Newspaper article

Minnesota's Teen Birth and Pregnancy Rates Fall to All-Time Lows, but STI Rates Climb

Newspaper article

Minnesota's Teen Birth and Pregnancy Rates Fall to All-Time Lows, but STI Rates Climb

Article excerpt

Minnesota's teen pregnancy and birth rates have reached a historic low, but the rate of sexually transmitted diseases among the state's teens have taken a troubling upward turn, according to a report released Wednesday by University of Minnesota researchers.

The Adolescent Sexual Health Report, which is issued annually by the University of Minnesota Healthy Youth Development - Prevention Research Center (HYD - PRC), found that the pregnancy rate among adolescents aged 15 to 19 decreased by 11.8 percent and the birth rate fell by 11.3 percent in 2015.

Those are all-time lows. Since 1980, Minnesota's teen pregnancy rate has dropped by 69 percent, and its teen birth rate has decreased by 63 percent -- declines that mirror what is happening nationally.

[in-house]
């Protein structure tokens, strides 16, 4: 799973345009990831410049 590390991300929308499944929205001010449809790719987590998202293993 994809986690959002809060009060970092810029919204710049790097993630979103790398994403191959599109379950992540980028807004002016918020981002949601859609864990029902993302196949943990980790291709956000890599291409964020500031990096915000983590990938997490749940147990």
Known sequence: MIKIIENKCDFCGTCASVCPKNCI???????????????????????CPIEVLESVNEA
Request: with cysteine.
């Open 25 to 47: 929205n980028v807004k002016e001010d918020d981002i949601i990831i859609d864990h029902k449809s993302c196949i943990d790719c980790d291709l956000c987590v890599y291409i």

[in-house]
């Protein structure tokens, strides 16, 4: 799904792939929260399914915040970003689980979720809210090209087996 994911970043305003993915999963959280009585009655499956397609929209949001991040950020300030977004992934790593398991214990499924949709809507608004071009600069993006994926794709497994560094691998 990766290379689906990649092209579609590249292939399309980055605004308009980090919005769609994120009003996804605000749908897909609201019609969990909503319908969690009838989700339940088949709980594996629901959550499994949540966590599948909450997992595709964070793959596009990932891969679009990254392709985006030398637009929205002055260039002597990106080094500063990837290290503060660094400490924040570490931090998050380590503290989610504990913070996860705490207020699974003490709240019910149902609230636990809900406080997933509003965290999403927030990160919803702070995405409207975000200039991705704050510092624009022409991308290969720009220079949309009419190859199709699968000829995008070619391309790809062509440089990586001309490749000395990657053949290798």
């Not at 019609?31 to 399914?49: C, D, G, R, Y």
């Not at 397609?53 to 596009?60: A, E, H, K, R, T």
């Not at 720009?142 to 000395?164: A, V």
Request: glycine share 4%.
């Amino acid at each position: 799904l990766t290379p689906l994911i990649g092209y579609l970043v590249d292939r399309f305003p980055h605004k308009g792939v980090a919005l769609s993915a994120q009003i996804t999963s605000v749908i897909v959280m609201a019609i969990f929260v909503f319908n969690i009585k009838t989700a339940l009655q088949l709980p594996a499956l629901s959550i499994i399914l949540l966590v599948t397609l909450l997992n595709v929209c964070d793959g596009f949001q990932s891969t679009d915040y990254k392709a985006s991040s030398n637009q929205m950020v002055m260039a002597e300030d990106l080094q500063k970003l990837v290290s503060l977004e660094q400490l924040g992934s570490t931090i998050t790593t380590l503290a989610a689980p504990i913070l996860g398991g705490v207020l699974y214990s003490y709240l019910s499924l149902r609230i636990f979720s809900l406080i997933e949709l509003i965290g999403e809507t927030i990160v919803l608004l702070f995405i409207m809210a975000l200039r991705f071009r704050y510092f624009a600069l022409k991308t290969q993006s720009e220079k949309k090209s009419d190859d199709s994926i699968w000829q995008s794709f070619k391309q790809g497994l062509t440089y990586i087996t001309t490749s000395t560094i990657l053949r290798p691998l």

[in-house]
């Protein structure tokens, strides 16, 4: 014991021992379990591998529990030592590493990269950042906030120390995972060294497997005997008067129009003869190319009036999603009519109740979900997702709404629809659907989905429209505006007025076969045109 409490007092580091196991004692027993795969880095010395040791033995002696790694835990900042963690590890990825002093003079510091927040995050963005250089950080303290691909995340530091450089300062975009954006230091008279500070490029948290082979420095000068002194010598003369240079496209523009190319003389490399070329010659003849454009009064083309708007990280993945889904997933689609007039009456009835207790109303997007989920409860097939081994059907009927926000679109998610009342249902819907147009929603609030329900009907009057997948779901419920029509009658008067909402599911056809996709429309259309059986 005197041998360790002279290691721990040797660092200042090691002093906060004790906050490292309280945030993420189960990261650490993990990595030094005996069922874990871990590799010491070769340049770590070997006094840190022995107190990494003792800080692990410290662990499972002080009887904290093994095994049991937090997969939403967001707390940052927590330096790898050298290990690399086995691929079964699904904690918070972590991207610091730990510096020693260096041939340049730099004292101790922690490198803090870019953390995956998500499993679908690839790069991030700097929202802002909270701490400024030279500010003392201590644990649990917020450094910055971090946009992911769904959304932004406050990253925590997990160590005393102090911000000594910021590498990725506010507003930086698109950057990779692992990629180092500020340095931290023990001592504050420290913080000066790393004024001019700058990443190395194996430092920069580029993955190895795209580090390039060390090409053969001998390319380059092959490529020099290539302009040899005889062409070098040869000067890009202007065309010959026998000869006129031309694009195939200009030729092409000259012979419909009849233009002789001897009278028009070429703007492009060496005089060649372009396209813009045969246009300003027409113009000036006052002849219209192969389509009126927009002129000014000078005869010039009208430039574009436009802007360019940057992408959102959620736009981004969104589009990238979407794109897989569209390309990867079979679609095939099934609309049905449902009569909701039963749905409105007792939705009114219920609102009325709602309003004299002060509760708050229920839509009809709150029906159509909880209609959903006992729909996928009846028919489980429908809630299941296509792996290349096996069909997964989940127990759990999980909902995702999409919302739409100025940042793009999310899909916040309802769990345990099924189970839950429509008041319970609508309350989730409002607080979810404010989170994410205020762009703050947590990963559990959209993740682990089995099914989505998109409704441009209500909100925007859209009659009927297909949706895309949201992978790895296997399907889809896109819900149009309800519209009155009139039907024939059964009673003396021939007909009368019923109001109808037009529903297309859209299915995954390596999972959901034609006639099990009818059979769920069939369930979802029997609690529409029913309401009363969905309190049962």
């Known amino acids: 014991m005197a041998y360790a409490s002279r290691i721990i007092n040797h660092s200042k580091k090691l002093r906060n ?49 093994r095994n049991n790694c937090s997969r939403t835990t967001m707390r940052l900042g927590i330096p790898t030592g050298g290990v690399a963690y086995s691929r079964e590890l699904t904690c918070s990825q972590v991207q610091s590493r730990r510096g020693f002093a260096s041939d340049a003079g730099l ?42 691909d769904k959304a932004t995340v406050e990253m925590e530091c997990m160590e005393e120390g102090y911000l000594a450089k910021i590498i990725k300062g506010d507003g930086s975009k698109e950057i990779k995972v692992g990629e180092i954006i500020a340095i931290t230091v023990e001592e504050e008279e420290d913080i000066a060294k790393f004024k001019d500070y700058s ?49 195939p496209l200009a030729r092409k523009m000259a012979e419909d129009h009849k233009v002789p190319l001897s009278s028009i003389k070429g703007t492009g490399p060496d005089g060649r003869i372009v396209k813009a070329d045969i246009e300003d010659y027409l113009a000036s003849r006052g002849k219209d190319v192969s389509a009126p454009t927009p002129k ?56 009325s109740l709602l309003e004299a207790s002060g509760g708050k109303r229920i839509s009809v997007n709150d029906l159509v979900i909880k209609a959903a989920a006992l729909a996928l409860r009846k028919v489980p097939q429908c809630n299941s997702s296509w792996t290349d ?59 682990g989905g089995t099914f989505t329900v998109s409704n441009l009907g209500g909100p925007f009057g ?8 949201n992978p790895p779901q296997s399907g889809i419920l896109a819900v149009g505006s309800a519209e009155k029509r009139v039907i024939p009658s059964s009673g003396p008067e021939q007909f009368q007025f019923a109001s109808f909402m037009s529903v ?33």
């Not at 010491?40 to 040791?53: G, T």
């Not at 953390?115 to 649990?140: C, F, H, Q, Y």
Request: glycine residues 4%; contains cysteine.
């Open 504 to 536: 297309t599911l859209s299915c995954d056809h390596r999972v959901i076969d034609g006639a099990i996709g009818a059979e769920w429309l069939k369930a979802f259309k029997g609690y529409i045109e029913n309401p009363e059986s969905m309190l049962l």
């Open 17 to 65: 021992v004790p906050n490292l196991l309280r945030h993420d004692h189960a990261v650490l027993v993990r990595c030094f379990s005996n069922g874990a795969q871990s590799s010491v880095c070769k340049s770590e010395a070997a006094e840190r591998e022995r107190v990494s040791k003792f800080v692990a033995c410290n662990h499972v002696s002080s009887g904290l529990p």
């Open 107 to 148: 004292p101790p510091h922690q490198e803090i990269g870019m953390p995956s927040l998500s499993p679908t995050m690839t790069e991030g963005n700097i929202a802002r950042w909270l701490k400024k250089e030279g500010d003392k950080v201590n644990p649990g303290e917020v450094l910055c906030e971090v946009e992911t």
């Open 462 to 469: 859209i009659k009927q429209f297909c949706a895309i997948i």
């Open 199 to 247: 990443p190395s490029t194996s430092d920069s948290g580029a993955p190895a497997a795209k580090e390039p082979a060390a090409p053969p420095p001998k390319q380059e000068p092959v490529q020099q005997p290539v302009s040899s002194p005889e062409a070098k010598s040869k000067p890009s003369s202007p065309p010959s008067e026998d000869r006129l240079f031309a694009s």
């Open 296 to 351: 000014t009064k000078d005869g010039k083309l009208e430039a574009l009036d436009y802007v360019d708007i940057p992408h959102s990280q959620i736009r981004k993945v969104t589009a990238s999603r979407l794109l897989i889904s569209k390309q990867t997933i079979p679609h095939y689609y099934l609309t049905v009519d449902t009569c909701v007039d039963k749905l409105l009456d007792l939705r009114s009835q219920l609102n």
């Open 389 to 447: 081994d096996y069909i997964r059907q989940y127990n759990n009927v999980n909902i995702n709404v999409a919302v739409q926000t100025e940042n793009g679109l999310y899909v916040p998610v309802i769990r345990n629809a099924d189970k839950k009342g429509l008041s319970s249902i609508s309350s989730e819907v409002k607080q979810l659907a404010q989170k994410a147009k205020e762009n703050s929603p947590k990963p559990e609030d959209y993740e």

Yet between 2014 and 2015, the rate of gonorrhea among Minnesota's teens jumped 40 percent, and the rate of chlamydia rose 15 percent.

Those rates for sexually transmitted infections (STIs) are disproportionately high. Even though teens make up just 7 percent of Minnesota's population, they account for 28 percent of chlamydia cases and 18 percent of gonorrhea cases, the report points out.

"Young people are using really effective birth control methods and doing a good job of being effective birth control users, and that's fabulous," said Jill Farris, director of adolescent sexual health training and education for HYD-PRC, in an interview with MinnPost. "But at the same time, we need to be giving better messaging about continuing to use condoms and barrier methods even when a person is using a long-acting method of birth control, like an IUD or an implant."

Racial/ethnic disparities

The report, which is based on surveys administered to public school students in grades 9 and 11, identifies several racial and geographic disparities in adolescent sexual health. Although Minnesota's adolescents of color have experienced the greatest decline in pregnancy and birth rates in recent years (birth rates fell 20 percent among black youth and 17 percent among for Hispanic/Latina youth in 2015 alone), they still have higher rates than white teens.

One minority group -- American Indians -- saw a slight (less than 1 percent) increase in teen births in 2015. …

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